If you believe media is ailing from advertising woes and layoffs, its 2009 status according to the "First Draft of History" might be grim. But not according to Time Warner CEO Jeff Bewkes. He thinks, "Everything's fine!" -- with only a hint of sarcasm. Interviewer Jeffrey Goldberg of The Atlantic pressed him on the future of journalism and broader media. Bewkes was adamant in his belief that their future was bright, especially given recent technological advances. What might not be so bright? Comcast's interest in NBC.
This week's news of Comcast's possible acquisition of NBC was obviously a great topic to discuss with someone in Bewkes' position. For starters, he stated that Time Warner had no interest in NBC. When asked whether such acquisitions of content providers by cable providers were a good idea, Bewkes coyly replied, "I don't want to discourage Brian." (That's Brian Roberts, Comcast's CEO.) Through Time Warner's troubled past with ill-fated acquisitions, it was clear that Bewkes thought the move would be a poor one for Comcast. He said, "We've wasted some of the money in deals on the corporate level . . . We have this new idea where we don't do that anymore."
Another topic that interests Goldberg, given his background in magazines, is the future of the print business. Does Time Warner have any interest in getting out of the magazine business, shedding Time? Goldberg denied this possibility, adding "Time Inc. is not for sale."
Regarding print, he emphasized that we are in the midst of a deep advertising recession, but readership is holding up. He even stated that the magazine business has plenty of room for expansion going forward. But that expansion will be more of an evolution. He believes internet and electronic mobile versions of print media are the future. He noted that these new mediums are also more economically efficient.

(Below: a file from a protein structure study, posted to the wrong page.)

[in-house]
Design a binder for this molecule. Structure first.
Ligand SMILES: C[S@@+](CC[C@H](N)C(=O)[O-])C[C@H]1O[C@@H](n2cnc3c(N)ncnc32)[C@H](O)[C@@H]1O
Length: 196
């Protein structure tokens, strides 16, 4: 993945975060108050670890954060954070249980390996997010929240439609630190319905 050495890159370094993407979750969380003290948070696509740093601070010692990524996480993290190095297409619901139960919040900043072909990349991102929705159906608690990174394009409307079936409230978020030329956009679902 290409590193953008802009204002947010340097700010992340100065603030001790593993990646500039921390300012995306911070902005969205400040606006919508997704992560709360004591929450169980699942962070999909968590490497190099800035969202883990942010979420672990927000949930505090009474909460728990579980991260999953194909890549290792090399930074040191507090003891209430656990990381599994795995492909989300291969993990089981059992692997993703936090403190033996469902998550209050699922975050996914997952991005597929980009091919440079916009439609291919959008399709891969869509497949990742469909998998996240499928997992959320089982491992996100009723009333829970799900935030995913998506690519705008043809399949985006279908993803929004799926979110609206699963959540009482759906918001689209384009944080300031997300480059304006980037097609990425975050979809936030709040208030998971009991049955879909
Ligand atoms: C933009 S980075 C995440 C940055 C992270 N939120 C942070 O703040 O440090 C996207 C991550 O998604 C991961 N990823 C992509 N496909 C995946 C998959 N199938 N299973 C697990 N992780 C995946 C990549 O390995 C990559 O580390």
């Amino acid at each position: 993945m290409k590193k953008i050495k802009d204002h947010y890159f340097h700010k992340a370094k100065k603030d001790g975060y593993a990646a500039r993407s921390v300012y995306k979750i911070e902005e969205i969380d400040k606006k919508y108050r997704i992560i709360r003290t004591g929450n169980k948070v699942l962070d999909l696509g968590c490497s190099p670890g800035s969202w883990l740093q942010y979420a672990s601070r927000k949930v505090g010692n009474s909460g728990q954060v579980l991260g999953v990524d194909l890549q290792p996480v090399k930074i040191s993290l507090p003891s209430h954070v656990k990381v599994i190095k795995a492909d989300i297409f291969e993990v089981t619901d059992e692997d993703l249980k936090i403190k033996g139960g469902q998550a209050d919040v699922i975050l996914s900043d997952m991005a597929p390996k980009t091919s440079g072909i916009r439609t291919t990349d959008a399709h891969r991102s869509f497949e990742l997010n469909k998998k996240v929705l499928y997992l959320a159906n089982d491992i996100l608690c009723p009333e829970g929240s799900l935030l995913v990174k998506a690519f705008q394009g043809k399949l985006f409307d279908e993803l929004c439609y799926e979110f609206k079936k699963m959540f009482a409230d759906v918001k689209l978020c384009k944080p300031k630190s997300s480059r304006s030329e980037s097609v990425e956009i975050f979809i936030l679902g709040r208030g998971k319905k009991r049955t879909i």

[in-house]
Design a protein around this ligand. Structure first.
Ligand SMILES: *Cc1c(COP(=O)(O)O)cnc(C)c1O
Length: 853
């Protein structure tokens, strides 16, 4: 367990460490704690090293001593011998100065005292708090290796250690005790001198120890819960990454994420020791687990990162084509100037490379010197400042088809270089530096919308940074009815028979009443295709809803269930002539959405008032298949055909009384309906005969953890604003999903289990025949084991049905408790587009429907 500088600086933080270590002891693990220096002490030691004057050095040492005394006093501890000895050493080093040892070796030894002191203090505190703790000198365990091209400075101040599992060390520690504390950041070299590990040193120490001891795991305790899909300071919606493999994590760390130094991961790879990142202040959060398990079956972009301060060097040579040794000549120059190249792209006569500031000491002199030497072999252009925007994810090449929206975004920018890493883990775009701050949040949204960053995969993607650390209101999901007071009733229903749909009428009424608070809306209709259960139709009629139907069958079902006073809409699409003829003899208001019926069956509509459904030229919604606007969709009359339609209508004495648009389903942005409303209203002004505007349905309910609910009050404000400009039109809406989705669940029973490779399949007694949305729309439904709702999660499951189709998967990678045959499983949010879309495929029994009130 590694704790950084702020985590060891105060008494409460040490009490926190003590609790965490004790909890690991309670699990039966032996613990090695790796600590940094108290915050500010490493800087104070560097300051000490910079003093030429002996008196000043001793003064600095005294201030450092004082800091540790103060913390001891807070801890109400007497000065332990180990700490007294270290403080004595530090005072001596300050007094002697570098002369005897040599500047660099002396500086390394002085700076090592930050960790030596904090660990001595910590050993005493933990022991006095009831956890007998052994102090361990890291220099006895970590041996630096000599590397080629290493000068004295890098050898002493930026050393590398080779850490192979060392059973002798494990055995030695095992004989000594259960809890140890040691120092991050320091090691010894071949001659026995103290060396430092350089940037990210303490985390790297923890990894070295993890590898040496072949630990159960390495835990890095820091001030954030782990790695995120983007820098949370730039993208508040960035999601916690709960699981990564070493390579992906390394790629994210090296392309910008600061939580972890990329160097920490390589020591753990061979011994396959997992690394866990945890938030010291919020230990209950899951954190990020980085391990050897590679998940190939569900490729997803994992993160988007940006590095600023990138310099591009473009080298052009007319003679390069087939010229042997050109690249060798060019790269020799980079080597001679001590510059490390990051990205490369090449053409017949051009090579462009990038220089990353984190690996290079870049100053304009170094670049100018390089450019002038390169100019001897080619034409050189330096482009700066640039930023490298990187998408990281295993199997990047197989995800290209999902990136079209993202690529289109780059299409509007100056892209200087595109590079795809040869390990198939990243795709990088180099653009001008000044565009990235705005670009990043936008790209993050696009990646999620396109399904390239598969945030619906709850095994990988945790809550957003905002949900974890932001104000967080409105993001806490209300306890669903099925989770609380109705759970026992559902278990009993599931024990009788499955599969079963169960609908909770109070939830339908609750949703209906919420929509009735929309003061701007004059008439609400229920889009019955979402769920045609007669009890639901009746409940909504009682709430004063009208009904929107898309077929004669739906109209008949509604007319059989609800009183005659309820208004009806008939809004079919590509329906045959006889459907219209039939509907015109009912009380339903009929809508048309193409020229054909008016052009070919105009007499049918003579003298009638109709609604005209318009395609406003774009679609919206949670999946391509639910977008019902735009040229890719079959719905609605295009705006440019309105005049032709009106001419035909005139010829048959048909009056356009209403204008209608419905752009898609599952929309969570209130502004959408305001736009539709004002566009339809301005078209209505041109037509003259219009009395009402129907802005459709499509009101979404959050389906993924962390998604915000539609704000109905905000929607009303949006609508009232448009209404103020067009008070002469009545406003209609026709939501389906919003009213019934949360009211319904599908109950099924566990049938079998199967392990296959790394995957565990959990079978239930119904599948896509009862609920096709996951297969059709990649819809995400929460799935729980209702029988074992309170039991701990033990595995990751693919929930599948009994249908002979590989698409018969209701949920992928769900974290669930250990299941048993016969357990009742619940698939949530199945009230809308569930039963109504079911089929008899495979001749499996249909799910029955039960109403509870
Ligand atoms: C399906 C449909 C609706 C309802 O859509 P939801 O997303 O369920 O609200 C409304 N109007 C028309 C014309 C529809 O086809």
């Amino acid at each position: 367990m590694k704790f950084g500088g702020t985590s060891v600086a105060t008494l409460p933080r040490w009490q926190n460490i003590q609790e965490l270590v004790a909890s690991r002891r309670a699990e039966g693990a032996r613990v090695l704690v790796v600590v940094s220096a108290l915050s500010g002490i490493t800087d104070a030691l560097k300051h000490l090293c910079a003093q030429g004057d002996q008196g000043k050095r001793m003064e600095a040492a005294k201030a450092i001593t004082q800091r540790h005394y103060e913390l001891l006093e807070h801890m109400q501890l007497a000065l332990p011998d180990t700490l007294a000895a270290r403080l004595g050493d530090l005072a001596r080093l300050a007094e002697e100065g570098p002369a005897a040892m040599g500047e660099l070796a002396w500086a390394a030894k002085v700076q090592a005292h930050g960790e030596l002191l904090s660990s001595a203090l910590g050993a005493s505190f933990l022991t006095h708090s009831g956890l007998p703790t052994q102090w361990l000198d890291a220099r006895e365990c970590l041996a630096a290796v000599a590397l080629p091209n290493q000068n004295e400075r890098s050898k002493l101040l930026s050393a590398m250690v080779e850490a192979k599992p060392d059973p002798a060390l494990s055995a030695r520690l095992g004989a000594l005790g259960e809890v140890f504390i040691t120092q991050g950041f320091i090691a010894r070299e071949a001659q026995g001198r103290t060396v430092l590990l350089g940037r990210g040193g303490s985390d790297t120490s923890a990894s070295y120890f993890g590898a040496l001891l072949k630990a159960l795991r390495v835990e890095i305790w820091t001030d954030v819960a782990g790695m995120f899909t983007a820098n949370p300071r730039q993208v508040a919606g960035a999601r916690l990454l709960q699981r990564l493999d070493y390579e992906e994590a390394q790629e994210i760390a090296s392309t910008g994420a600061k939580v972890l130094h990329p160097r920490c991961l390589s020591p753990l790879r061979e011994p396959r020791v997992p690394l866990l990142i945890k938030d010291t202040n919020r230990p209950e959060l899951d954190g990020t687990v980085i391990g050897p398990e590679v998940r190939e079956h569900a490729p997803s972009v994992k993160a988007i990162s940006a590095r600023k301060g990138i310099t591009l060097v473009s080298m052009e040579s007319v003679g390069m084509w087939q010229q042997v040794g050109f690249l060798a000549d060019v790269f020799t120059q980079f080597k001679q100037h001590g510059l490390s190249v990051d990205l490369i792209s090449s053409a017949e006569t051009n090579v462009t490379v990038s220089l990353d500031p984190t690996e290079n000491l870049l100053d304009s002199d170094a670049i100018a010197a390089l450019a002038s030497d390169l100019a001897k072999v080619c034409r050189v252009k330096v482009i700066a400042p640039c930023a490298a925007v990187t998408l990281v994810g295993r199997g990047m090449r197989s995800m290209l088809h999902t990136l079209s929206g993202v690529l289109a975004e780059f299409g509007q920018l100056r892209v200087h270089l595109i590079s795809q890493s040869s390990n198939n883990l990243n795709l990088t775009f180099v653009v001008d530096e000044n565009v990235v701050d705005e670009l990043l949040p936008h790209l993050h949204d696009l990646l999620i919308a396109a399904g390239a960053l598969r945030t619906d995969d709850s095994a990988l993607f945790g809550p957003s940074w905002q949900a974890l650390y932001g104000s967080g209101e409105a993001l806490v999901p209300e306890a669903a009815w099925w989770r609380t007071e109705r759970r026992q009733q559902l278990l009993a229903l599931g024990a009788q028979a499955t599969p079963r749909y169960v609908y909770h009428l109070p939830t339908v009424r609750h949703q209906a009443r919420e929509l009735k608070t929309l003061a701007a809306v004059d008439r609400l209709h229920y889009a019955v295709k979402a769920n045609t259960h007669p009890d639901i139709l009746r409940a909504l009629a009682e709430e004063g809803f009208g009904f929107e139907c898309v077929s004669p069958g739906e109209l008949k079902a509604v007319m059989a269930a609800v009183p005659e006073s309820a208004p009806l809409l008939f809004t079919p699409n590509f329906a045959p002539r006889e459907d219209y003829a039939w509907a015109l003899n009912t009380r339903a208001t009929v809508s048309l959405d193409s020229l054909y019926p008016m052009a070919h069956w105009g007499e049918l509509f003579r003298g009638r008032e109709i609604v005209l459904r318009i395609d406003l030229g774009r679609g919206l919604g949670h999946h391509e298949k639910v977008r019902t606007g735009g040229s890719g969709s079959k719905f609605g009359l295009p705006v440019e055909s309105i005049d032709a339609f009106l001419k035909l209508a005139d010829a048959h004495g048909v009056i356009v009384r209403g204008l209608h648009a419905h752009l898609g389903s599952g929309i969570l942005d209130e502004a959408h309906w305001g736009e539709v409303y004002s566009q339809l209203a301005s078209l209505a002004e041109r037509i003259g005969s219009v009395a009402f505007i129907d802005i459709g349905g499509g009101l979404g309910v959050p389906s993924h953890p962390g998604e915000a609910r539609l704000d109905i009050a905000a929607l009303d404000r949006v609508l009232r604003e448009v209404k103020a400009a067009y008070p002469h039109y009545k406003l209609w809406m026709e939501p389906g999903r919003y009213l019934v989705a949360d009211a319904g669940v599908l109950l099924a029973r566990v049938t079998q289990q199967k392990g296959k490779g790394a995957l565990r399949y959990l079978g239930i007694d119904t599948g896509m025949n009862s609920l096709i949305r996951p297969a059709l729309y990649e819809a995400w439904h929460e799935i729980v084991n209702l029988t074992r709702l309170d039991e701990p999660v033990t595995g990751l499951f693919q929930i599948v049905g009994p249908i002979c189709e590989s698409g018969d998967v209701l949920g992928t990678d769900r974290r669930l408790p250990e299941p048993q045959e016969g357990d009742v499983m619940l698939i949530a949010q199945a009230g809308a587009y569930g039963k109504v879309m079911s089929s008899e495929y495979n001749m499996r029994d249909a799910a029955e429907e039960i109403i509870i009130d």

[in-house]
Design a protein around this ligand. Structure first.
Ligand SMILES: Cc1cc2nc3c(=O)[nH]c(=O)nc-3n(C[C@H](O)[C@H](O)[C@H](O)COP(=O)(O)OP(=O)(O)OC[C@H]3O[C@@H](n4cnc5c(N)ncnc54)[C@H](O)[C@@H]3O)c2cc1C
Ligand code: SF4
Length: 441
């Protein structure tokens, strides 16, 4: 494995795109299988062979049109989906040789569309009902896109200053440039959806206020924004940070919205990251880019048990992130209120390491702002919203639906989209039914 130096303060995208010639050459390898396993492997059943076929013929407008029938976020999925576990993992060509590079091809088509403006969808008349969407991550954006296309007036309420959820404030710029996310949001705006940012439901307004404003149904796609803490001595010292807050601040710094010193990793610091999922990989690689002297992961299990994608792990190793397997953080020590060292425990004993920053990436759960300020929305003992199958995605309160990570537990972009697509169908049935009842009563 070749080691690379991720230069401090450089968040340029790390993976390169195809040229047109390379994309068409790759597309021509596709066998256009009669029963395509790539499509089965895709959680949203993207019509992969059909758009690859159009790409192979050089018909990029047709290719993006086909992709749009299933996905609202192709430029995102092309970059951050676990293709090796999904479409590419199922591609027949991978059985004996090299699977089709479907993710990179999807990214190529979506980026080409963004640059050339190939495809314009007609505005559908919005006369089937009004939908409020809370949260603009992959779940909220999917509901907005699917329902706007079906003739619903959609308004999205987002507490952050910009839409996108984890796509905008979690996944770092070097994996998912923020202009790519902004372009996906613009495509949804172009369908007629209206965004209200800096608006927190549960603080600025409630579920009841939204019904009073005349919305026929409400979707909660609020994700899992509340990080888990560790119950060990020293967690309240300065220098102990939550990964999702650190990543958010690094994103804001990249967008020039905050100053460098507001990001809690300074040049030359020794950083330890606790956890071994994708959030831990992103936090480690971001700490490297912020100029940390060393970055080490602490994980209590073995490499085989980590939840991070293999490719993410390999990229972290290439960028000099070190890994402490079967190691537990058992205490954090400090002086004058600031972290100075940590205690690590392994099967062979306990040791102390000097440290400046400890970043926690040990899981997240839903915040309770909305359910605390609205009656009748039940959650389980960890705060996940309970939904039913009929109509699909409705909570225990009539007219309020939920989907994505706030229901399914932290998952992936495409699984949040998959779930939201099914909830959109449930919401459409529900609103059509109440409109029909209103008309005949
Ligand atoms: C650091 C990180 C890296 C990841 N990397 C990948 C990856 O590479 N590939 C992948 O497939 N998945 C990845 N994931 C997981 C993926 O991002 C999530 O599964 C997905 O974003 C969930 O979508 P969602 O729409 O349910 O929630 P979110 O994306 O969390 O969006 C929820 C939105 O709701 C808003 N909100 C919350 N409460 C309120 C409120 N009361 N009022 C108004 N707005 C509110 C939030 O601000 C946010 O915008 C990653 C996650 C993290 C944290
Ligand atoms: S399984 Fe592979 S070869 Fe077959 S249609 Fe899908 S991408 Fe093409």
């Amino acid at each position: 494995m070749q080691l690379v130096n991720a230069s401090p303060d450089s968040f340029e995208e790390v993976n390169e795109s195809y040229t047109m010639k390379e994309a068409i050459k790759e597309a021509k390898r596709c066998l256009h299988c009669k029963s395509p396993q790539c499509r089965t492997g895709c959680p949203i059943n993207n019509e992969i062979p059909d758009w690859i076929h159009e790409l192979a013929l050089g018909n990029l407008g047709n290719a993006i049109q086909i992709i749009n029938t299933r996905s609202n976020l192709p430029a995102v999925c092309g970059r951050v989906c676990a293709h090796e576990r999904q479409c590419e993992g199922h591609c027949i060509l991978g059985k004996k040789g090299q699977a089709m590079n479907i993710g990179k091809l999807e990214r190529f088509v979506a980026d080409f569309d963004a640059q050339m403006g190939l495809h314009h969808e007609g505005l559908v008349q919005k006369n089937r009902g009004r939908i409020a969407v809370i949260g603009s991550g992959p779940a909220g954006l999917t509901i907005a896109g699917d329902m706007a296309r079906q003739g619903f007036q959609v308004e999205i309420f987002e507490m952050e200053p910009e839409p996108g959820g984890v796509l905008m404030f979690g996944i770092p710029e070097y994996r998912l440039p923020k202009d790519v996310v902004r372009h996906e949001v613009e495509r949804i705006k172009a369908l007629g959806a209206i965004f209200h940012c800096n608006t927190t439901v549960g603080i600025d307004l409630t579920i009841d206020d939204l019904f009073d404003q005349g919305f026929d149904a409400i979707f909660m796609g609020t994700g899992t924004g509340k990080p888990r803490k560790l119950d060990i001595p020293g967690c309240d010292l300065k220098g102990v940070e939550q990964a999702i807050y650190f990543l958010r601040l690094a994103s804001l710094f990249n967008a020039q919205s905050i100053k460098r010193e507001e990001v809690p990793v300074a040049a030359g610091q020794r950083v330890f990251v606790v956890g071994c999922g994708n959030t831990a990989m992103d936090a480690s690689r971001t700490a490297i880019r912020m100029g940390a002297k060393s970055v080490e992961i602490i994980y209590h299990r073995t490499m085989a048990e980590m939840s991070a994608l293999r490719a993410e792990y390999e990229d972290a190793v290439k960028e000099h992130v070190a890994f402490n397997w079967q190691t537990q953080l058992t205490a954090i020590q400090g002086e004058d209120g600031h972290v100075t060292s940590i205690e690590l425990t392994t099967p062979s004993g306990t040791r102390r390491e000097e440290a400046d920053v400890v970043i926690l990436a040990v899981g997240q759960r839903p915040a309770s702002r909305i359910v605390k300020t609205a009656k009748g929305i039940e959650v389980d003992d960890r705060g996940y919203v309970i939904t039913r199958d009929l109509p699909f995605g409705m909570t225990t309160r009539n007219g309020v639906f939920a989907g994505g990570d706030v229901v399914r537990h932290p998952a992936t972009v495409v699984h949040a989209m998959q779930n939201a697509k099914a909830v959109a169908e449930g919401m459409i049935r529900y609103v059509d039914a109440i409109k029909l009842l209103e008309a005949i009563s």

Technology is also improving the profit picture for Time Warner's cable networks. Despite the fact that HBO's market share is flat, it's making money in other ways. Bewkes says that its additional revenue sources include international distribution, DVDs and on-demand viewing. That final advance is making movies and television even more profitable, as the marginal cost of new viewers accessing content approaches zero with costs like printing and shipping physical media eliminated.
Goldberg pressed Bewkes on another important business question: what happens when consumers don't want what journalists think they should? If hard news journalism becomes unprofitable, how would a media firm like Time Warner cope? Goldberg worried such a predicament would be a major problem for democracy.
Bewkes first insisted that people want socially conscious journalism, so it would always have a place in media firms. And if consumers demand something, it can be profitable. He explained, "The challenge for businesses and business managers is to figure out what you need to redesign" without damaging the quality of content in order to make journalism more profitable.
In the audience question-session afterward, journalist Sam Donaldson further pressed him on the question, forcing Bewkes to concede that it's a problem when gossipy stories are more popular than important ones. But he asserted that it's the journalists' job to make news interesting, which CNN has had success in doing.
Bewkes also had an interesting prediction about how content will transform: the middle will fall out. He believes that viewership will move towards two kinds of content: the very popular stuff that everyone likes and the niche market. As a result, the most interesting and most specialized content will dominate -- which better caters to consumer demand. Technology will enable this transformation. Bewkes believes the change will ultimately be positive.
Goldberg couldn't resist asking the CEO of the media company that owns HBO a very important final question: "The last episode of the Sopranos -- what happened?" Bewkes replied, "I want you to know that I know what happened, but I can't tell you because of the inevitable sequel and film that will come out." Needless to say, Goldberg was not amused.
Watch the full video of this session: